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Pope dismisses ‘heresy’ charges for his commitment to Christian-Muslim dialogue

Pope Francis, center, leaves Mar Youssef Church in Baghdad, Iraq, Saturday, March 6, 2021. Pope Francis and Iraq's top Shiite cleric delivered a powerful message of peaceful coexistence Saturday, urging Muslims in the war-weary Arab nation to embrace Iraq's long-beleaguered Christian minority during a historic meeting in the holy city of Najaf. (AP Photo/Khalid Mohammed)

Vatican City • Aboard the papal flight back from Iraq, the first papal trip since the COVID-19 pandemic began, Pope Francis addressed criticism of those who have accused him of being “one step away from heresy” in his commitment to promoting human fraternity among the world’s faiths.

“There are some critics who say the pope is not brave but reckless, that he’s taking steps against Catholic doctrine, that he’s one step from heresy,” the pope told journalists on Monday (March 8).

Francis said that his decision to speak with Muslim religious leaders and promote interreligious dialogue is “always made in prayer, in dialogue, asking for advice.” He said that his efforts to mend Christian-Muslim relations, far from being “capricious,” are in keeping with the doctrine laid out by the Second Vatican Council.

Francis became the first Roman pontiff to visit Iraq when he embarked on his March 5-8 apostolic visit. There, he visited its diminishing Christian community and spoke with political and religious representatives from different faith groups and denominations.

On Saturday (March 6), the pope met in Najaf, a holy city to Shia Muslims, with Grand Ayatollah Ali al-Sistani, Iraq’s most prominent Shiite leader. The historic meeting, which lasted roughly 45 minutes, was the first official meeting between a pope and a prominent Shiite representative.

The pope described al-Sistani as “a humble man” who has “wisdom and prudence,” adding that “it was good for my soul to encounter him.” Francis said the meeting was “a duty in his pilgrimage of faith” to promote human fraternity among religions.

It was Francis’ second major outreach to Muslims. In 2019, Francis cosigned a declaration of human fraternity in Cairo, Egypt, with the Muslim Sunni leader Sheikh Ahmed el-Tayeb, the Grand Imam of al-Azhar.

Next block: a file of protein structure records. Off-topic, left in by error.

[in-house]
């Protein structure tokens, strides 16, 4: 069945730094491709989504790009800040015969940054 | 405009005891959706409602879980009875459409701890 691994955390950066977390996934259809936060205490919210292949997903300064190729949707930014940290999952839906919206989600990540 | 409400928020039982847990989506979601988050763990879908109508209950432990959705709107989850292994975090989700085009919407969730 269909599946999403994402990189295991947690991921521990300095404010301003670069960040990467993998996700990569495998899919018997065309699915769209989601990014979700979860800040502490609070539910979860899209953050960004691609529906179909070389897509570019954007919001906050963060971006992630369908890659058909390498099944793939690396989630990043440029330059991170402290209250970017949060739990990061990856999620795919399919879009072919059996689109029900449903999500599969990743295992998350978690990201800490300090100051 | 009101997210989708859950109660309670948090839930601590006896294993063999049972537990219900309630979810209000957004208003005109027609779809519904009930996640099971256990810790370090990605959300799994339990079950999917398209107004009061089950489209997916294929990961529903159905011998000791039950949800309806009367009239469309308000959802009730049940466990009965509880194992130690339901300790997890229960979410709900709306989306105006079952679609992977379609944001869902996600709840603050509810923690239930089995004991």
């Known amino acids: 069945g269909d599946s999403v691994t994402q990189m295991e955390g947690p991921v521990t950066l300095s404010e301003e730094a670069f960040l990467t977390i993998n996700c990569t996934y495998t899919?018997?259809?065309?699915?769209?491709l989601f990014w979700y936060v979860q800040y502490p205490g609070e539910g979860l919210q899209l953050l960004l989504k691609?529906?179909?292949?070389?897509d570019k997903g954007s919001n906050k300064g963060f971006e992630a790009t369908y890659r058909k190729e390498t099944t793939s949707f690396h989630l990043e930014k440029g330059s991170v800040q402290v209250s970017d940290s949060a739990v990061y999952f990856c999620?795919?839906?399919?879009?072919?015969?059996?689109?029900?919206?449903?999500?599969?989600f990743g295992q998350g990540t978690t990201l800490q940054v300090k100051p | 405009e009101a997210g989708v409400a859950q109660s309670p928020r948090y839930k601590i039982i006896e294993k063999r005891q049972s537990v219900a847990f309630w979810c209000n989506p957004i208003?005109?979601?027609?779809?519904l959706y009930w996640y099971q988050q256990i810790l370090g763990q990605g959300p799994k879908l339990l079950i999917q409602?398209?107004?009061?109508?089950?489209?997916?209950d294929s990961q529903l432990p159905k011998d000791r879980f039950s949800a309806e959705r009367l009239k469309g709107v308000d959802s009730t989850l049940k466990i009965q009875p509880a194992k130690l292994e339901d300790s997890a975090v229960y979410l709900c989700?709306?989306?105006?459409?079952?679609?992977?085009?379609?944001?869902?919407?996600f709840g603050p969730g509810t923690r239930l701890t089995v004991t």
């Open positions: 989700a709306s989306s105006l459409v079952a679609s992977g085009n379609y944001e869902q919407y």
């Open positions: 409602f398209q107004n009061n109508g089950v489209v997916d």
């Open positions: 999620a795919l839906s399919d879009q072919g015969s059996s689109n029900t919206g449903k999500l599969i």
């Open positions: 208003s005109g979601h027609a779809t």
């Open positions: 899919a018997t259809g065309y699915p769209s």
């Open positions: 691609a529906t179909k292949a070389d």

While the pope and al-Sistani didn’t sign a document, Francis described the encounter as “a second step” in realizing the vision enshrined in his 2020 encyclical “Brothers All.”

Francis’ visit also drew criticism for its apparent disregard for health concerns tied to the COVID-19 pandemic. While the pope and Vatican citizens have already received the vaccine, Francis has been repeatedly called out for not wearing a mask and told journalists on Monday that he “truly felt in prison” during the lockdown.

“This (trip) for me is like coming back to life, because it means to touch the church, to touch the holy people of God, all the peoples,” he said, defending his decision to travel to Iraq as coming “from inside” and “knowing the risks.”

It was the tragic decimation of the Yazidi ethnic community by the Islamic State group following the 2014 occupation of Northern Iraq that inspired the pope to make the trip, he said. The book “The Last Girl” by Nobel Peace Prize-winner Nadia Murad, which described the suffering of the Yazidi people, “provided the background for the decision,” he said.

On Sunday (March 7), Francis viewed the ruins of mosques and churches in Mosul, the capital of the Islamic State during the occupation. He said he “had no words” after seeing the scale of destruction. “Human cruelty, our cruelty, is impossible to believe,” he added.

The pope also criticized those nations selling weapons, though he didn’t single out any particular country.

The return flight to the Vatican on Monday coincided with International Women’s Day. While speaking in Qaraqosh, a Christian town in Iraq’s Nineveh Plains, on Sunday, the pope asked that women “be shown respect and provided with opportunities.”

“Today, women are humiliated,” Francis told journalists, mentioning atrocities against women that continue to take place today, from human trafficking to genital mutilation. In Africa and in the outskirts of Rome, “women are still slaves, and this is something we have to fight,” he added.

Among the topics addressed by the pope during the trip was the question of the suffering of immigrants, which has been a main focus of this pontificate. Francis met with the father of a 3-year-old boy who died attempting to cross the Mediterranean Sea. The picture of Alan Kurdi’s body became a symbol of the plight of immigrants and refugees in Europe and beyond.

“Urgent measures are needed so that people can have jobs in their countries so that they don’t need to migrate,” he said. The mass exodus of Iraqi Christians, who left behind ghost cities in search of better opportunities, was among the main reasons the pope made the trip.

He praised Jordan and Lebanon for their welcoming of migrants and refugees, adding that he doesn’t exclude an apostolic visit to Lebanon in the future.

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